This will become particularly evident when negative feelings arise from interacting with a parent who does not share a positive relationship with them. As infants grow, they begin to develop an increased sense of independence, but this is not necessarily seen as positive. Although the child''s ego seems to be growing, there are many times when parents will find themselves needing to step up and help their child cope with these new feelings. Psychological theorists note that at around the age of 3, children become more aware of the specificities-those things that make them different from others. At this point, it becomes important for parents to encourage healthy competition through games like patty-cake or hide-and-seek. This gives the child a stronger feeling of self while still allowing them to understand that being part of a group can have its advantages.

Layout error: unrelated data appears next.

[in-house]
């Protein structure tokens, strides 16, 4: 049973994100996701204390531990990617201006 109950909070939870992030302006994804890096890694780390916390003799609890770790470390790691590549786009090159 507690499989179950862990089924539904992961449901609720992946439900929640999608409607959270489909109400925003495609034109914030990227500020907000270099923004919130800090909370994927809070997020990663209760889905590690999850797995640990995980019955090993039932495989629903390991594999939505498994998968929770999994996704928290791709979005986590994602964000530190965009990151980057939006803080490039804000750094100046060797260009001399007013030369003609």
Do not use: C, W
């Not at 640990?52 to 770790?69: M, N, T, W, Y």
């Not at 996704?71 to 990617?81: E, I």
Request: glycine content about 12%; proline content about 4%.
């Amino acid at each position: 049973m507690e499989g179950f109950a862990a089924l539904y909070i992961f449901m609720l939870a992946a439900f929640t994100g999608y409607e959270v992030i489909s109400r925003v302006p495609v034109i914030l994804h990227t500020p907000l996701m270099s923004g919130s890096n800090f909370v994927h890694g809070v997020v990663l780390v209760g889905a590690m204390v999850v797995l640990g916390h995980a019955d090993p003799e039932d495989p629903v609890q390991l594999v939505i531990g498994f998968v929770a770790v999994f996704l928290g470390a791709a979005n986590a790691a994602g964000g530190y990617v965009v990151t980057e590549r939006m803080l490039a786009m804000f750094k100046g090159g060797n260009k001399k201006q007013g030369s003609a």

3. Toddler (2-5 years old): They become aware that they have a special relationship with their parents and may feel torn between spending time with them and discovering new things or people. Parents should continue to encourage their child''s curiosity while also introducing the idea of sharing. Children this young typically do not understand the concept of ''mine'' and ''yours'', so they need to know that most toys can be shared. While encouraging your child''s exploration, always keep an eye on him or her to prevent any potential dangers from temporary immaturity brought about by growing independence. For example, during this stage children may become curious about household items and should be kept away from any harmful substances or objects. Once a child reaches the age of two years old, he or she may start to develop more awareness and understanding of his or her own body and behavior. This is called object permanence and it represents the first steps towards the realization that things continue to exist even when they cannot be seen.